To Philip, Senta bears a remarkable resemblance to the beautiful marble statue in his family’s backyard—which plays a significant part in the murder that follows. Senta seduces the shy Philip, telling him that she knows that she has met “the twin to my soul, the other
half.” As he becomes increasingly obsessed with the sexually voracious Senta, Philip is drawn into her seedy, strange milieu. Living in a semidecayed house, she inhabits a twilight world of wine, sex and half-baked mysticism. She confuses Philip by telling him half-truths about her work in the theatre and her early family life. He ignores much of her conversation, mostly about astrology and their shared destiny, but then Senta demands that, to prove their love, each of them has to kill someone to place themselves “outside ordinary society.”
It is a credit to Rendell’s skill that she makes that melodramatic premise credible. She is able, through her closely observed portraits of daily life, to create a believable world that fills Philip’s days. His job, which involves visits to unpleasant women having their homes renovated, is fraught with boredom and with sometimes humiliating demands. Home is a predictable but also comforting round of TV, meals, family chatter and walking the dog. Mired in that mundane routine, the infatuated Philip ascribes Senta’s proposal to the overheated imagination of an actress—until she convinces him that she really has killed a man with her silver dagger.
The Bridesmaid is one of several Rendell novels, although not the most successful, about deeply disturbed characters in a wholly realistic social setting. Other titles, such as Master of the Moor (1982) and The Killing Doll (1984), created unforgettably creepy characters, even more convincing than Senta. By contrast, the most conventional Rendell tales are the 14 Wexford books, which have inspired eight TV series in Britain. They feature police Insp. Reginald Wexford, a sensitive family man who figures out the murder puzzle with a mixture of traditional police methods and psychological insight. His normalcy is reassuring, and through his eyes Rendell observes the social and economic changes that are altering the fabric of British life. Many readers have written to the author asking if she has a special fondness for Wexford. “I’ve been asked mad questions about whether I’m in love with him,” she says. Far from it—in fact, Rendell has said that she plans to kill him off in a novel to be published posthumously.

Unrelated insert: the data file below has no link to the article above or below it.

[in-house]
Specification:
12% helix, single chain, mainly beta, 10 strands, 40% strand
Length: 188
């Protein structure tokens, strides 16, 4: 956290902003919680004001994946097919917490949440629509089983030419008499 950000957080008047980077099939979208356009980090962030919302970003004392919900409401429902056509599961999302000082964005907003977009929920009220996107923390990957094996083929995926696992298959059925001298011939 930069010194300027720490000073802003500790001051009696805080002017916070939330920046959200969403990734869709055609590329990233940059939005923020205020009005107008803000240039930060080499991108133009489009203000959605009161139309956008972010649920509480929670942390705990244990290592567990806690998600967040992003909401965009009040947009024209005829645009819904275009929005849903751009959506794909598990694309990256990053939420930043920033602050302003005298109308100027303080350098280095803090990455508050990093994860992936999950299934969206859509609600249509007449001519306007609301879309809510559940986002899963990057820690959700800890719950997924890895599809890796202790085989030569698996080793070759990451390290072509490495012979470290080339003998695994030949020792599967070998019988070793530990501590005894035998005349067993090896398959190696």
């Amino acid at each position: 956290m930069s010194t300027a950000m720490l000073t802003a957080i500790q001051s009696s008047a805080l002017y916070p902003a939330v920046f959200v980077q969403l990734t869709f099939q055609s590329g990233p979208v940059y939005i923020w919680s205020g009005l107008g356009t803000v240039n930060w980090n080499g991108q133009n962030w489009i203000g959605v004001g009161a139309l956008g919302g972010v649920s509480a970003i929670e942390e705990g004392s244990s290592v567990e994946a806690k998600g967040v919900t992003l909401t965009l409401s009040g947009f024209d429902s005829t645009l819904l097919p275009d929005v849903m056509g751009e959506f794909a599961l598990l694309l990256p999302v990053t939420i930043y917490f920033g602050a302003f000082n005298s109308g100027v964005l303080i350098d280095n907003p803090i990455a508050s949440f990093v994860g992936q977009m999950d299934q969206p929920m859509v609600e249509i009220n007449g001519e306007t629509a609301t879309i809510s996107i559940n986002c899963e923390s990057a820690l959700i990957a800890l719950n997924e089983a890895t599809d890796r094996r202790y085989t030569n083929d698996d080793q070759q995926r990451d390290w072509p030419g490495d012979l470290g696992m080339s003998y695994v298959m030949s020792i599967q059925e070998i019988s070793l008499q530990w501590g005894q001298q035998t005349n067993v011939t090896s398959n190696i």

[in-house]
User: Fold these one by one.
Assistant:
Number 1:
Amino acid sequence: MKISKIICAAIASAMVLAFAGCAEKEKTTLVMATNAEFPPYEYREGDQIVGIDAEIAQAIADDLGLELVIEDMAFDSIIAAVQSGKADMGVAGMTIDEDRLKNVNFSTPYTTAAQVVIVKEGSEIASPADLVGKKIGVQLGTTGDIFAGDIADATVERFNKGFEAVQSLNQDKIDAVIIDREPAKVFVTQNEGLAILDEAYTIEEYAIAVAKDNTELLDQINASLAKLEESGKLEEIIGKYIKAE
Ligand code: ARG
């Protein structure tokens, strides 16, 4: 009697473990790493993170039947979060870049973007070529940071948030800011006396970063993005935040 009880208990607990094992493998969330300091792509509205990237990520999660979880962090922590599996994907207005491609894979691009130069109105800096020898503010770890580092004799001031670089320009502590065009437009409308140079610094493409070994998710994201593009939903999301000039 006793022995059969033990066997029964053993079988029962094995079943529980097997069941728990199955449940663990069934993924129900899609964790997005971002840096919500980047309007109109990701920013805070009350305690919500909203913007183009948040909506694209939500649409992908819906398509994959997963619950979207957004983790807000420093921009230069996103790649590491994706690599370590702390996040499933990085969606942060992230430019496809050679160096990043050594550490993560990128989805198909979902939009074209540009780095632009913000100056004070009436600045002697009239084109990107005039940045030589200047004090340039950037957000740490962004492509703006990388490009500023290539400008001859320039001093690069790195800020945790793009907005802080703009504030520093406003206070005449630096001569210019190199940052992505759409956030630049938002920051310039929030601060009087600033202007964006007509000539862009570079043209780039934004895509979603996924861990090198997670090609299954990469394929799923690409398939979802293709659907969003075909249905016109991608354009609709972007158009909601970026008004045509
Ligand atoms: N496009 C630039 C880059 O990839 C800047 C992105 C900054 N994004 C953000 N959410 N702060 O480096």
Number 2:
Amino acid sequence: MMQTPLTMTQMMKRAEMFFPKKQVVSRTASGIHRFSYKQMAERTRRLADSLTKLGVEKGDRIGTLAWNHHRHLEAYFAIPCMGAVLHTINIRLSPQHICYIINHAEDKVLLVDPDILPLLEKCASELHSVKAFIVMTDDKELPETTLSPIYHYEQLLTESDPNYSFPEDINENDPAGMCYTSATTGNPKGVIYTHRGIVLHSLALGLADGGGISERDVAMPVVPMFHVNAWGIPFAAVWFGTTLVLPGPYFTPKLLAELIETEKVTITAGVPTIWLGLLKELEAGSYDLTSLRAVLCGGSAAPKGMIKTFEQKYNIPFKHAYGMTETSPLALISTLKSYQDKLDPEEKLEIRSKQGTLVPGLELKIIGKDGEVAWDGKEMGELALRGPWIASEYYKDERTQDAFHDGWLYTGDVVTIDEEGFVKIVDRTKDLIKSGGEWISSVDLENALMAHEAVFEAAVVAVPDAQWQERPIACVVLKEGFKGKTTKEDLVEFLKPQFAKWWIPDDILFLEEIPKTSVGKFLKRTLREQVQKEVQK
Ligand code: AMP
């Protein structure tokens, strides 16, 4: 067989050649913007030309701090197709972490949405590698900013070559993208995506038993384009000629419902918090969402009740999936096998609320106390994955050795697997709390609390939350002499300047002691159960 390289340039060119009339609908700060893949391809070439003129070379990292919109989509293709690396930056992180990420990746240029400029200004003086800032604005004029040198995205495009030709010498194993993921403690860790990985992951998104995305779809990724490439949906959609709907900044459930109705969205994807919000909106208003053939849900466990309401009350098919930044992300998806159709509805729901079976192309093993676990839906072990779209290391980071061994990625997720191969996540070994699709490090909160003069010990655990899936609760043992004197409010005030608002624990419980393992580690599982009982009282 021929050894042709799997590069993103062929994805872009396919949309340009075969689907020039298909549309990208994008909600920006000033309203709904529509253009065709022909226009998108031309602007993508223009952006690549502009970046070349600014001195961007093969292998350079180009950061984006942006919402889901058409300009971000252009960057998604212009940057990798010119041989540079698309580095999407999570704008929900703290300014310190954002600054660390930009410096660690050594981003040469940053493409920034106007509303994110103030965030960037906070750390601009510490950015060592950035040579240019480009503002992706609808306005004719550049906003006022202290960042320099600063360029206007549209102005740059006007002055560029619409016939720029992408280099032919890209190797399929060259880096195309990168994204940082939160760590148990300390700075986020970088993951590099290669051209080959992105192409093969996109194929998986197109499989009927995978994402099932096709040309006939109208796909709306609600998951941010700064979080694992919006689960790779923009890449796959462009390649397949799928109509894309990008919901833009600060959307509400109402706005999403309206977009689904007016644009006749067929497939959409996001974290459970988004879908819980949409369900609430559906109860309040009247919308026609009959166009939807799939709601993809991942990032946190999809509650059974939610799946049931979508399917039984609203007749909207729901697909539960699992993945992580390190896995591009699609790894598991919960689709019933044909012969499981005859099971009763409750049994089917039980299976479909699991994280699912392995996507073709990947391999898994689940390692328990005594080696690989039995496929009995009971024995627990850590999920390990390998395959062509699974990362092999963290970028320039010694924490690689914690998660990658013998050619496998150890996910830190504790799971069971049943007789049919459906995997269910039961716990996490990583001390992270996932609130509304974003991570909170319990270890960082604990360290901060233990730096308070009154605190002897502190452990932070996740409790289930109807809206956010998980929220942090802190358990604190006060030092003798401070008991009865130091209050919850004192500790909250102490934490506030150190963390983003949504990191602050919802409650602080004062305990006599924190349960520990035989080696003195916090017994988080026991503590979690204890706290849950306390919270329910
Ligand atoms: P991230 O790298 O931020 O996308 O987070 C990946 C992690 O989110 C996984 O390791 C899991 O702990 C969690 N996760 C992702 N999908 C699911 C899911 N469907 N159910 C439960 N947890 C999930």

When asked how she creates such complex yet recognizable characters, Rendell responds that, while she does not know any psychopaths or murderers, “I do know people who are not very far off that.” She says that in order to create a character, “It’s only necessary to stand beside somebody in a bus queue, or sit in a pub listening to other people’s conversations.” Added Rendell: “The writer’s imagination should be able to do the rest.”
With two books out this fall— The Bridesmaid in hard-cover and a Barbara Vine paperback called The House of Stairs—and yet another Barbara Vine work, called Gallowglass, due for release next spring, Ruth Rendell’s fertile imagination shows no sign of slowing down. That clearly is a boon for her devoted, and sometimes spooked, fans.